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BLANTYRE, Malawi — Malawi’s government has announced that it’s going to review the radio spectrum refarming initiative, which the country’s communications regulator carried out in 2019. The goal with this plan was to alleviate congestion on the nation’s FM band.
The decision follows complaints from some radio stations stating that the project has instead bred frequency interference due to the plan’s requirement for stations with two or more transmitters in close vicinity to reduce sending power.
Malawi Communications Regulatory Authority (MACRA) started to reorganize radio frequencies in 2019, following a recommendation from Davood Molkdar, managing director for Casitel. MACRA hired Casitel, an independent consulting firm, in March 2019 to help with the country’s spectrum and frequency audit.
MACRA believed the frequency refarming scheme would create space to accommodate more new radio stations. In July 2018, MACRA stopped issuing radio broadcast licenses due to saturation in the 87.5 to 108 MHz band.
Mussa Abdul, head of the Technical Department at Radio Islam, said the exercise has resulted in the station facing frequency interference.
“The initiative required us to lower our ERP from 500 watts to 200 watts. But, this caused us to face intrusion from other radio stations,” he said. “For example, our new frequency in Dedza district that airs on 89.90 FM is experiencing interference from Radio Maria, which airs on the same frequency, in Mangochi district. This has compromised our sound quality and we’ve lost part of our listenership in the process.” To attenuate the issue, he explains, they had to purchase a Barix STL through distributor Broadcast Software International.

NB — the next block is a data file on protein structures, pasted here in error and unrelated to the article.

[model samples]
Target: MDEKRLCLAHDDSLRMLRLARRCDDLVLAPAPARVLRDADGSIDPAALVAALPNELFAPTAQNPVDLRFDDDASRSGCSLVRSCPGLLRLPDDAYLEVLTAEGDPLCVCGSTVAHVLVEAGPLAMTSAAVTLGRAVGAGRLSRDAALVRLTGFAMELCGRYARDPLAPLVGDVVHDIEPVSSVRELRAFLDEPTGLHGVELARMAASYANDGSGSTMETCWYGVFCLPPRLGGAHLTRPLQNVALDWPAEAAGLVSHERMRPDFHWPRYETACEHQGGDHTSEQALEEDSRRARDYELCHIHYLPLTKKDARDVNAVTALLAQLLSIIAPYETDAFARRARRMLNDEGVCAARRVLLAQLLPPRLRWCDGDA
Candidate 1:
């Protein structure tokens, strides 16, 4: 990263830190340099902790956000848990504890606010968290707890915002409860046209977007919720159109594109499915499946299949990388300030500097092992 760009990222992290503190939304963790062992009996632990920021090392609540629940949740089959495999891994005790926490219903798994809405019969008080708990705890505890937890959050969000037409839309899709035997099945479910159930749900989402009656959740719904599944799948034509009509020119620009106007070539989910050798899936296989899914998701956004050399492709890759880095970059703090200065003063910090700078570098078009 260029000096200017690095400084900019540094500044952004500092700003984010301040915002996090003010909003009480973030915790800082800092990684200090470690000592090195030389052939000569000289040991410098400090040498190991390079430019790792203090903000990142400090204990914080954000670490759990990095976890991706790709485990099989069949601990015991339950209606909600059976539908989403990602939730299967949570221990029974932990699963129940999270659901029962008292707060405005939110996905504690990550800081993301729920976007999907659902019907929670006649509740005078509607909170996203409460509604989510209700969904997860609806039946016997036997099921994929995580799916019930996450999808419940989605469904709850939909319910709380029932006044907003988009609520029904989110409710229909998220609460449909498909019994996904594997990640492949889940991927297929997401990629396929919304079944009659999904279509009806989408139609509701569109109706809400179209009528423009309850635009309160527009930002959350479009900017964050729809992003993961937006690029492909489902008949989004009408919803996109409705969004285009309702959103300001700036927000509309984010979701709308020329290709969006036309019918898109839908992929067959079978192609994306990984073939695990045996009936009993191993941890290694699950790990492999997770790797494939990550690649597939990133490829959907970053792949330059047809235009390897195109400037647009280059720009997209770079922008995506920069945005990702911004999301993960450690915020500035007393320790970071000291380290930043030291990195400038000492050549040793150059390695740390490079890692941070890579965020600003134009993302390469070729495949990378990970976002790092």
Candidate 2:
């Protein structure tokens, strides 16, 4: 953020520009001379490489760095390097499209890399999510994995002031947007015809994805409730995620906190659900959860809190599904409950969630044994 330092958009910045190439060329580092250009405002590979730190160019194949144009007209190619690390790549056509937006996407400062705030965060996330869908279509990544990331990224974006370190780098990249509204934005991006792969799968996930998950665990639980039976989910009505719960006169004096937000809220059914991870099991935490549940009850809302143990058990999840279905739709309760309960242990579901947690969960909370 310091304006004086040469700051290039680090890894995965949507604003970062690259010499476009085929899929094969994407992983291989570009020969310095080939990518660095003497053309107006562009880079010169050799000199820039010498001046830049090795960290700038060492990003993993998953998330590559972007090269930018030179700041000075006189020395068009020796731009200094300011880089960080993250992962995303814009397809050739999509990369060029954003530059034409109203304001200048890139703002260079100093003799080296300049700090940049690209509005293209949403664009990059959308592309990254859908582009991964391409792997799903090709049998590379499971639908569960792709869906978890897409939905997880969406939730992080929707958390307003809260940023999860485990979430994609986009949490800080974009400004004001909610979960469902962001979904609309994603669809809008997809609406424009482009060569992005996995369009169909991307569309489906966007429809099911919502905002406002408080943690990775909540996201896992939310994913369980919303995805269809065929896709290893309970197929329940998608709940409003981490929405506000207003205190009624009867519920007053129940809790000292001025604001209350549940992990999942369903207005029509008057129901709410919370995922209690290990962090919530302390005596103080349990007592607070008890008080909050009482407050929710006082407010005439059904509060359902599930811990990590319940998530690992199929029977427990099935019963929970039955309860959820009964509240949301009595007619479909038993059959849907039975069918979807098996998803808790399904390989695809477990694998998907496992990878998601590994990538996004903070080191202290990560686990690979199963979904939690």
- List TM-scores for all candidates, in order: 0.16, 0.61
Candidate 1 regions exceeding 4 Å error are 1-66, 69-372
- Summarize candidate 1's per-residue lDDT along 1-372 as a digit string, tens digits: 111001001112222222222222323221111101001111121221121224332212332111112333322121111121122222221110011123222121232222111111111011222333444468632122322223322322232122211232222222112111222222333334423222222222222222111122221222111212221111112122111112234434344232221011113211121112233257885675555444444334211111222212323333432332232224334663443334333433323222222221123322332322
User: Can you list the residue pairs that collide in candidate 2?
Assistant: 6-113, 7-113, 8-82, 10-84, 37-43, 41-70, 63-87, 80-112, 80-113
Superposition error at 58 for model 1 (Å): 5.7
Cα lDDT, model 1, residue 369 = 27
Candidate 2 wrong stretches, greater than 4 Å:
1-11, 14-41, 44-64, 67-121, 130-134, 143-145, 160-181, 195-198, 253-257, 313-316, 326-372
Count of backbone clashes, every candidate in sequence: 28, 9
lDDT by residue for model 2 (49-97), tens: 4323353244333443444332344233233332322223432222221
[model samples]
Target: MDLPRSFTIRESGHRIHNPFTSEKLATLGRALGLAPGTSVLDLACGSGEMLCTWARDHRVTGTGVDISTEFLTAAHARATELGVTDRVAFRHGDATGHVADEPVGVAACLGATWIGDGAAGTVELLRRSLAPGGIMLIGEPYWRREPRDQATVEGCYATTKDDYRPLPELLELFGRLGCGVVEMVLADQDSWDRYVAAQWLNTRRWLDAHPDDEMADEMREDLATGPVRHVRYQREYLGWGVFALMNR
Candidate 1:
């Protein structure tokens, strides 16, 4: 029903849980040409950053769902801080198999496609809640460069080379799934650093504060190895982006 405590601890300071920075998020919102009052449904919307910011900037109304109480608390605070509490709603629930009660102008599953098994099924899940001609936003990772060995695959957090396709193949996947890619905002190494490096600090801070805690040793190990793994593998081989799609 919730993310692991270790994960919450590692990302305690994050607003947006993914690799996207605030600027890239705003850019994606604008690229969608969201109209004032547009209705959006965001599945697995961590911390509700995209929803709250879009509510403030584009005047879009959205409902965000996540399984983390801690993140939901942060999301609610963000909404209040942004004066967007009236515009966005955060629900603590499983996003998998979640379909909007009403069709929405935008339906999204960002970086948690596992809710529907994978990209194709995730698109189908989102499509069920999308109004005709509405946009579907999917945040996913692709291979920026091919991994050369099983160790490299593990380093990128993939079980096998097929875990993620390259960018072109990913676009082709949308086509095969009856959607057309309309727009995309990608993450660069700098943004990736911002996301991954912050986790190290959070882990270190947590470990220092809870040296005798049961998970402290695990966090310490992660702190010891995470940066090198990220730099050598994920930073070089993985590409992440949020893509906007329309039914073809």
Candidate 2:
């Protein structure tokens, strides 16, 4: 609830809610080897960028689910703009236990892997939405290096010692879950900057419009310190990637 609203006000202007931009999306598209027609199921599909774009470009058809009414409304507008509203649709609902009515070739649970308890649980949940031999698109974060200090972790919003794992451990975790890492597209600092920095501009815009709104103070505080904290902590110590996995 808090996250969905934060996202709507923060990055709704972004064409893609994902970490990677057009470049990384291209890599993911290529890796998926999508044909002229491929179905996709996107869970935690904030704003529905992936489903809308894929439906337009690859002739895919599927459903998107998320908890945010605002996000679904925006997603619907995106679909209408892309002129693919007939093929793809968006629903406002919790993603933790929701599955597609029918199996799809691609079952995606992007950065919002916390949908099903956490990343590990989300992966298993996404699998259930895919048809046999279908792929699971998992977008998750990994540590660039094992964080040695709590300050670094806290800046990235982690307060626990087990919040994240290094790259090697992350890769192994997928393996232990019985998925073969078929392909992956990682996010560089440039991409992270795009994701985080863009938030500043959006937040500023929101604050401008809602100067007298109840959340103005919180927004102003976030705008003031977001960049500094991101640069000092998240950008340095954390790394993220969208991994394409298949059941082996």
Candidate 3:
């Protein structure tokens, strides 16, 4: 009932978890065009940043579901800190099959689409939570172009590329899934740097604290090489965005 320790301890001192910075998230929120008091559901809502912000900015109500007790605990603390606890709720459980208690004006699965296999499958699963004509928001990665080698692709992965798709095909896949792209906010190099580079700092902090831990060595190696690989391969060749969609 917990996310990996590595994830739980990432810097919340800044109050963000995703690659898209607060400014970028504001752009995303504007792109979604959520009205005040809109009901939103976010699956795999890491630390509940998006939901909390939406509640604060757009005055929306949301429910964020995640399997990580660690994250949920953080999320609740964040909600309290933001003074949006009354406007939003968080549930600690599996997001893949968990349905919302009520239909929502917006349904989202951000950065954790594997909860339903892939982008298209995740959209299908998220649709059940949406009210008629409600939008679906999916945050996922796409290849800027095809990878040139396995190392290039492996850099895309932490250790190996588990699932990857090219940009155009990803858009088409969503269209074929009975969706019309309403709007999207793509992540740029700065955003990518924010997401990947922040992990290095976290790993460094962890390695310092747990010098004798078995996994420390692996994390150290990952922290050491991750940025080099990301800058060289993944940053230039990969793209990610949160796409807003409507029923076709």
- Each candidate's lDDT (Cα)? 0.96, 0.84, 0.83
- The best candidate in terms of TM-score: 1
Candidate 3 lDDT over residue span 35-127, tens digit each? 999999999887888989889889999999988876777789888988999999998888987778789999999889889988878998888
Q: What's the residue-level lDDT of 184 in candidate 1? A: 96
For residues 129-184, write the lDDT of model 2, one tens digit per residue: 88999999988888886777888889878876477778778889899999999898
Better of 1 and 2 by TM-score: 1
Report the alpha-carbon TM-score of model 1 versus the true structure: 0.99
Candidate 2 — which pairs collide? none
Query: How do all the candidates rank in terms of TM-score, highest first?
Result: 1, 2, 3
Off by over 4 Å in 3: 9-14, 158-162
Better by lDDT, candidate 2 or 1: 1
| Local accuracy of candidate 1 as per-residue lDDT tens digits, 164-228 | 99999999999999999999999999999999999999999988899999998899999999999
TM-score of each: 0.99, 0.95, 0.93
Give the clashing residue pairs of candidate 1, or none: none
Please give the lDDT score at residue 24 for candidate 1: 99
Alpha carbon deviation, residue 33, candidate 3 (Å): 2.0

While Ufulu FM also claims to be facing interference from state broadcaster Malawi Broadcasting Corp., other industry players support the new scheme. Abdulrazaaaq Telera, head of technical services at Joy Radio, recommends the spectrum refarm program. He believes it’s paving the way for new radio stations, but cautions that the frequency reallocation part has caused financial burden for many radio stations.
“For example, when purchasing STLs, our suppliers allocate the given frequencies right at the factory. But with the frequency reorganization we now need to send the equipment back so they can realign the settings with the new frequencies. This is too expensive for us,” says Telera.
The Minister of Information, Gospel Kazako, adds there have been other complaints from radio stations on the impact of the spectrum refarm.
Kazako emphasized this in December when he toured Radio Maria in Mangochi district, which also complained about the negative impact of the spectrum refarming on the radio.
“The government will soon hold a meeting with communications regulatory authorities and broadcasters to review the impact of this reorganization and decide on their next moves. We need to understand what has worked and what has not, so that we can move forward accordingly,” he said.